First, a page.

“Having been President gave me the opportunity to interact with very successful leaders in our community. This most certainly assisted me in my quest for advancement in the business world.”

When promoted to a national position within Carlson Wagonlit Travel, Louise suddenly had a daily commute to Toronto to contend with.  More challenging than the drive, was the expectation of making her Rotary lunches. But her fellow Rotarians encouraged her to stay.

“Members support me and continue to respect my priorities,” said Louise, “and I am a better Rotarian for it.”

In 2013, Louise elected to lend her leadership capabilities to the board once again. She rejoined the Board of Directors and has great aspirations of what she might accomplish in her second act with the years of experience, insight, and dedication under her belt. District Governor? “Who knows; maybe,” she responded coyly. “I am not ruling anything out.”

Louise’s potential for leadership was something Rotarian Clay Hall had spotted early on.  And her mentor Clay knows a little something about what it takes to be a leader. Clay was the Club President who laid the first cornerstone of the first Rotary Children’s Centre (now Kidsability) back in 1957.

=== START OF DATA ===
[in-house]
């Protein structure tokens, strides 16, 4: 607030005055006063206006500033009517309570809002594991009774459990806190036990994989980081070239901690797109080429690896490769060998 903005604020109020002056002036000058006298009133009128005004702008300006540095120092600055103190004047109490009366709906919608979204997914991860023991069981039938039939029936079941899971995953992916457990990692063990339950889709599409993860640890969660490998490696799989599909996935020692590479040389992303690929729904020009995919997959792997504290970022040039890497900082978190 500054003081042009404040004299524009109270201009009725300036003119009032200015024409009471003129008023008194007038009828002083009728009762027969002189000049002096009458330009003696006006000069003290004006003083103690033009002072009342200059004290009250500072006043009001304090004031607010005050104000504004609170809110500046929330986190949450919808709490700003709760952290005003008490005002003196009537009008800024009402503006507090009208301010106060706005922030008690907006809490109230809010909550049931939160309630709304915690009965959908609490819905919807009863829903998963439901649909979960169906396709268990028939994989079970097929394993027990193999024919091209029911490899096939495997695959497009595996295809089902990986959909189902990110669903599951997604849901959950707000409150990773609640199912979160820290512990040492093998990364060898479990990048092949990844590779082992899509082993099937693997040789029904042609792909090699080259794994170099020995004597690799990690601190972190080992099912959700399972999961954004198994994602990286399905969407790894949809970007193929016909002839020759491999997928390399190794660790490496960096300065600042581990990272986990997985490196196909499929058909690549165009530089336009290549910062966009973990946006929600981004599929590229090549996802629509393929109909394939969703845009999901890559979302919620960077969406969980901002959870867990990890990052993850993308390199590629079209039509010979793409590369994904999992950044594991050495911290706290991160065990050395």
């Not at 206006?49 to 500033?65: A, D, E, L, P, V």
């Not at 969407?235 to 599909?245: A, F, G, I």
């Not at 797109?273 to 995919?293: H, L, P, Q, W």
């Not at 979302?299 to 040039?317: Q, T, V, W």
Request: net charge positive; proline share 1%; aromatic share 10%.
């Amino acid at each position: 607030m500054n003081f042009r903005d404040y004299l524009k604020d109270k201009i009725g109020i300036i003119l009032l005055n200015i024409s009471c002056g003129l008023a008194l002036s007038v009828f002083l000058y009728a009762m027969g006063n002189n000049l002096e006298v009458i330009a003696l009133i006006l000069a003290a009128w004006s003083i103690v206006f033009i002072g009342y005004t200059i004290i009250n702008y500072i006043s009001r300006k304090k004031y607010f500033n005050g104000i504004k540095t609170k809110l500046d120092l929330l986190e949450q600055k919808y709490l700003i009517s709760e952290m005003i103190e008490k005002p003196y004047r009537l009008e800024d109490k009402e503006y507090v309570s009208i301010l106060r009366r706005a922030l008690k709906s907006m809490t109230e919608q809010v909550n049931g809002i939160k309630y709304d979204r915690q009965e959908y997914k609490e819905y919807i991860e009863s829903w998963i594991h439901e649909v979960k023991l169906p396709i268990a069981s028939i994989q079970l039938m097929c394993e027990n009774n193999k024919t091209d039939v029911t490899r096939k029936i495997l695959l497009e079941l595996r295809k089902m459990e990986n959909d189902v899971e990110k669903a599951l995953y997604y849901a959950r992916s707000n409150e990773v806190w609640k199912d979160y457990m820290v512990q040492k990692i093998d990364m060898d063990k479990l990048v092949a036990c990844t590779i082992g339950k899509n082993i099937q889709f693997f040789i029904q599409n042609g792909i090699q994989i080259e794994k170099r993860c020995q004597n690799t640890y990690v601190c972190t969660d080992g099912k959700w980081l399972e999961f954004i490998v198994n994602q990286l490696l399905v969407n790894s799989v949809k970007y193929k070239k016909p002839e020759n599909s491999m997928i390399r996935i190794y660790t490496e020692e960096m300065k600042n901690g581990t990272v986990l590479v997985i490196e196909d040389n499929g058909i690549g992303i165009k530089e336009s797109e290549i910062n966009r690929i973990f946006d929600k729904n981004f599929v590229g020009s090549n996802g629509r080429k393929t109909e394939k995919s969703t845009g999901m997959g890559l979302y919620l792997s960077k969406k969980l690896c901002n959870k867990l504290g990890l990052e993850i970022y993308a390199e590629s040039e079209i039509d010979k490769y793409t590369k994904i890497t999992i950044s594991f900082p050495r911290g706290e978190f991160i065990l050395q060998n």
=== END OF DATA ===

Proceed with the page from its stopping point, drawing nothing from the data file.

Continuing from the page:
His advice to the eager new Rotarian was: “family first, career second, Rotary third – keep your priorities in order and you will be a lifetime Rotarian.” And she has taken that advice to heart.

“My passion for Rotary lies in the fellowship that can be found in any Rotary initiative,” said Louise. “No matter whether I’m selling tickets at the St. Jacobs Market or cleaning up a trail, there are always great Rotary friends there to help!”

What would Louise say to someone considering Rotary membership? “Rotary membership is for everyone; if you are looking for fellowship, local community involvement, international philanthropy, vocational networking, mentoring, leadership opportunities then Rotary is for you. And don’t forget to get your family involved!

And to women who think that Rotary is an ‘old boys club’, Louise has to say: “When I joined Rotary in 1994 there were less than ten women in a club of 175. We were truly a minority. Today our club is vibrant with all different members; men, women, young, old, working, retired …. it’s the diversity that I enjoy.  A diversity that I know other women embrace as well. We’ve come a long way since the Rotary Annes!”

To find out more about membership, and the leadership opportunities in Rotary,contact us by email at RotaryKitchener@gmail.com or visit our website, our Facebook page, or follow us on Twitter.